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     Volume 5 Issue 95 | May 19, 2006 |

   Cover Story
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American Prometheus: The Triumph and Tragedy of J. Robert Oppenheimer
Kai Bird & Martin J. Sherwin
Knopf Publishing Group; April 2006

Six decades after the dropping of the atomic bomb, its relevance to our lives grows ever more clear. No person was more aware of the far-reaching implications of this new, destructive technology than Manhattan Project physicist J. Robert Oppenheimer (1904-67.) As early as 1946, this supposedly unworldly scientist noted that the breakthrough weaponry would ultimately make all our major cities vulnerable to nuclear terrorist attack. The only defense, he cautioned, was a screwdriver capable of opening "each and every crate or suitcase." In this authoritative, large-scale biography, Kai Bird and Martin J. Sherwin captured the complicated personality of this Atomic Age icon.

It Hit Me Like a Ton of Bricks: A Memoir of Mother and Daughter
Catherine Lloyd Burns
North Point Press; April 2006

Actress Burns, who has appeared on "E.R." and "Law and Order", has written a funny, touching mother and daughter memoir. Born in 1961 and nine when her father died, Burns felt she got no sympathy from her mother, who worried that her daughter would use people's pity to become manipulative. Besides, her mother said, "where is it written you have to be happy." As a teen, Burns suspected her mother was trying to get rid of her by shipping her off to live with her older step-siblings, sending her to boarding school-so she could have fun with her male friends. Surviving drugs, sex and suicidal behavior, Burns went to college, started an acting career, married, had a child, divorced and discovered her mother again. The full circle of the maternal bond is what makes this memoir satisfying; readers see the daughter who schemed to get the attention of the mother whom she believed was self-centreed become a mother herself and confront her own daughter's control ploys. When Burns tells her mom what readers have long suspected-that her mother is her best friend-her mother decides she herself is "finished being crazy" and they're both, finally, able to relax together.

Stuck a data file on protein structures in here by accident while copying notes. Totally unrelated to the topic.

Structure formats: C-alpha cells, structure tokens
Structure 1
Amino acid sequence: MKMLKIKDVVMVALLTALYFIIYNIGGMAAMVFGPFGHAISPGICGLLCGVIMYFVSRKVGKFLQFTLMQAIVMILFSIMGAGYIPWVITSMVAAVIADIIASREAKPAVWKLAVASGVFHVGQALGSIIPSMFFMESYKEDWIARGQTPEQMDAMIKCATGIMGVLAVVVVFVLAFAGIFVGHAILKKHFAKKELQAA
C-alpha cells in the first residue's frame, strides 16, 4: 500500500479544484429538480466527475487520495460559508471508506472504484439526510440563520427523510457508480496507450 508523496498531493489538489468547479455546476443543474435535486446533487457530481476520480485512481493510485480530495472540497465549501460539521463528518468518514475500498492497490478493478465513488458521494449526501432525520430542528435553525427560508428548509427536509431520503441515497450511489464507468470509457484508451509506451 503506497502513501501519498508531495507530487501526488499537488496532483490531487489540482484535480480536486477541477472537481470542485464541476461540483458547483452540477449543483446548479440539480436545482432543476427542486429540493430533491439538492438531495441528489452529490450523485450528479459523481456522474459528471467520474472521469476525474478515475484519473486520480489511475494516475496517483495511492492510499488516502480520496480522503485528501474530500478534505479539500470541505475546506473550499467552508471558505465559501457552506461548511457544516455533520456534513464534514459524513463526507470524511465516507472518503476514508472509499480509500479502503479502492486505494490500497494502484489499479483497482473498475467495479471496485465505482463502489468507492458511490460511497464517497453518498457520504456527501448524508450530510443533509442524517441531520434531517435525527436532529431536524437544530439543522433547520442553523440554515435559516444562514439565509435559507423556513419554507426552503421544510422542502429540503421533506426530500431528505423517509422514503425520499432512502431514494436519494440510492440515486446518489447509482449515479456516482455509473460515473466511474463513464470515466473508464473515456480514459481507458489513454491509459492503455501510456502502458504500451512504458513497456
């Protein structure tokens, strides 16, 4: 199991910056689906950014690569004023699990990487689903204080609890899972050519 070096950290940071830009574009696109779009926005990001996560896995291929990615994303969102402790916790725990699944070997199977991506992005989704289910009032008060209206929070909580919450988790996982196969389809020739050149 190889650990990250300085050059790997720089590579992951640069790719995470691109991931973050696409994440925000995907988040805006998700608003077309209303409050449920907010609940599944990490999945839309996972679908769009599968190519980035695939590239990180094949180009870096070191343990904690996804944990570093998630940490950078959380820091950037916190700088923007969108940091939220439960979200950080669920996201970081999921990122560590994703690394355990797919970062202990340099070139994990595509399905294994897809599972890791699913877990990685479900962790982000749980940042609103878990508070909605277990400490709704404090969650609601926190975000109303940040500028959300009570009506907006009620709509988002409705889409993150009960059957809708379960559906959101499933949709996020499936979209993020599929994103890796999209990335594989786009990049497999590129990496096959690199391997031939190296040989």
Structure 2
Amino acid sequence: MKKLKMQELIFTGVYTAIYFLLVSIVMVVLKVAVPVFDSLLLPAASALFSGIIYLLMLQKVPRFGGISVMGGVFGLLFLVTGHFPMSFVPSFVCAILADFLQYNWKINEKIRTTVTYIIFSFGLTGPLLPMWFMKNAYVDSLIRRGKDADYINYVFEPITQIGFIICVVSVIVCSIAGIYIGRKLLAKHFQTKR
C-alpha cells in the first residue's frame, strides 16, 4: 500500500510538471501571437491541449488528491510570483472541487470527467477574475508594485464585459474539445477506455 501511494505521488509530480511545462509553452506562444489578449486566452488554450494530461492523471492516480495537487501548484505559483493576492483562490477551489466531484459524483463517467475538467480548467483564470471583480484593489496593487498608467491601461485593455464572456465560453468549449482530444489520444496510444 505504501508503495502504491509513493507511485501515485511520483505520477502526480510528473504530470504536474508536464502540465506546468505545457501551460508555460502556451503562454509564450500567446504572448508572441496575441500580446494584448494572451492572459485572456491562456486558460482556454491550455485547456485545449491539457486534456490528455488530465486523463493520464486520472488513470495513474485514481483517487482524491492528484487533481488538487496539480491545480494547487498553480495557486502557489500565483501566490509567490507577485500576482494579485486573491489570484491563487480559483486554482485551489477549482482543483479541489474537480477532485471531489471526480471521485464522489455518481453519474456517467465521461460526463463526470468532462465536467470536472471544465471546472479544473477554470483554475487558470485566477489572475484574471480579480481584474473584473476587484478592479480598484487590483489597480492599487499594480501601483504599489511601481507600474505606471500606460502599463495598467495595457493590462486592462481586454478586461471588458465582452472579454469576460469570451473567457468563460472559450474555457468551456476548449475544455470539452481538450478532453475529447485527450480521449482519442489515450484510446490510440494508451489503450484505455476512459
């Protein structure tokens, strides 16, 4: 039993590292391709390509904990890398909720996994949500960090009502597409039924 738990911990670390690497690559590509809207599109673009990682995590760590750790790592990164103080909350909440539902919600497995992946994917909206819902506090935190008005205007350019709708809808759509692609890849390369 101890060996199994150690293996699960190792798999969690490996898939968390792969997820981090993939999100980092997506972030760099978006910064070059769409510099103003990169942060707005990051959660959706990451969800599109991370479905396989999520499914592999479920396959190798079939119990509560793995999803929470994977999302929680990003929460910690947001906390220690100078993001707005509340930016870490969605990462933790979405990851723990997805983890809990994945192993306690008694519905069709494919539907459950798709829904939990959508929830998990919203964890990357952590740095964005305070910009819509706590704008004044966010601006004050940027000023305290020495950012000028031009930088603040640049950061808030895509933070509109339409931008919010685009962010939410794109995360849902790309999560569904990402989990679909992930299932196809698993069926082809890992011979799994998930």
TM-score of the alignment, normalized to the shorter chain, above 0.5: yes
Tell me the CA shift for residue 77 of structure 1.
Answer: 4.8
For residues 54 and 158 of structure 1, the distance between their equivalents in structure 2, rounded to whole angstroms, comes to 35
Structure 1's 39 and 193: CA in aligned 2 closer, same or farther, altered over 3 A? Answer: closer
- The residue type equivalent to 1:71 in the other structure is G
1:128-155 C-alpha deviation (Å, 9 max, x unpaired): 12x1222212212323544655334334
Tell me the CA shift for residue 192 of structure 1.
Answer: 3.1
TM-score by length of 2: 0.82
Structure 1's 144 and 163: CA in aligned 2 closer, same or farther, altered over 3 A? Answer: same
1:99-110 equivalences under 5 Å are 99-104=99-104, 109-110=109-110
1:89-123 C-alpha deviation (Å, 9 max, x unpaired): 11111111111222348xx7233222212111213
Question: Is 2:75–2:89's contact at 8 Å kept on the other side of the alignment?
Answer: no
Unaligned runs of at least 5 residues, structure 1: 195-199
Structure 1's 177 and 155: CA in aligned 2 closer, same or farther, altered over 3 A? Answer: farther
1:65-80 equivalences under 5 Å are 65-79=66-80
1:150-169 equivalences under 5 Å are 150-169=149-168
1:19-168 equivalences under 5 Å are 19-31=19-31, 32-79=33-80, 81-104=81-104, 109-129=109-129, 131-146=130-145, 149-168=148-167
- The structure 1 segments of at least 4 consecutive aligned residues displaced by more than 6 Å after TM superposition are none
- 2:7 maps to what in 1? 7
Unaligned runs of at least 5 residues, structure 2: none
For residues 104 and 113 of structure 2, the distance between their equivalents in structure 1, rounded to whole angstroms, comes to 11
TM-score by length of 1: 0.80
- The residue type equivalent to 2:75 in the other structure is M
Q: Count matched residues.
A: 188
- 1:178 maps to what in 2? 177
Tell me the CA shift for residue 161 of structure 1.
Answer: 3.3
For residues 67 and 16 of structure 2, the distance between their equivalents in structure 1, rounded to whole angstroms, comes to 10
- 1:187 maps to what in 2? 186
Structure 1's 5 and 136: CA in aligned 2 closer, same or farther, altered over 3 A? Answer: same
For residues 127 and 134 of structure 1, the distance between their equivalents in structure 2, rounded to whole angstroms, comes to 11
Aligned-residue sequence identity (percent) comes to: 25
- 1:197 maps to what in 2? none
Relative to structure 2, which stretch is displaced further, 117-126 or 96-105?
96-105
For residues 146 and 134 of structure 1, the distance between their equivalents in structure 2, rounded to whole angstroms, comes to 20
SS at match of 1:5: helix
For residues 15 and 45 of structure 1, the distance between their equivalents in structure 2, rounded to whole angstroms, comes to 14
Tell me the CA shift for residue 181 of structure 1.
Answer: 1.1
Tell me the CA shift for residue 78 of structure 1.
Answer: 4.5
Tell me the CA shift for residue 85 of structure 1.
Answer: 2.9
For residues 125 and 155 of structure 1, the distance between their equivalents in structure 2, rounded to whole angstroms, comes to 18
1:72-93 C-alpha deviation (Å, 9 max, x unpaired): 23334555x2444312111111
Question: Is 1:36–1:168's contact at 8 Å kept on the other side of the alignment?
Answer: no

A Writer's Life
Gay Talese
Knopf Publishing Group; April 2006

Talese was a reporter for the New York Times from 1956 to 1965 and has since worked as one of the country's preeminent journalists in so-called literary nonfiction. This is not his personal autobiography so much as a memoir about many of the stories he's covered in his 50-year career, demonstrating the numerous relationships forged between author and subject, whether the subject is a member of the Chinese women's soccer team (this story line frames the book), the issue of race in the Deep South, the personalities of Lorena and John Bobbit, or ordinary people from whose lives he crafted memorable work. Talese describes the relationships between himself and his subjects and how his writing threads between those territories. Given the cultural significance of many of Talese's works (e.g., his legendary profile of Frank Sinatra for Esquire) as examples of long-form nonfiction and of a particular kind of journalism, this memoir serves as an important addition to his writings.



Compiled by: Sanyat Sattar

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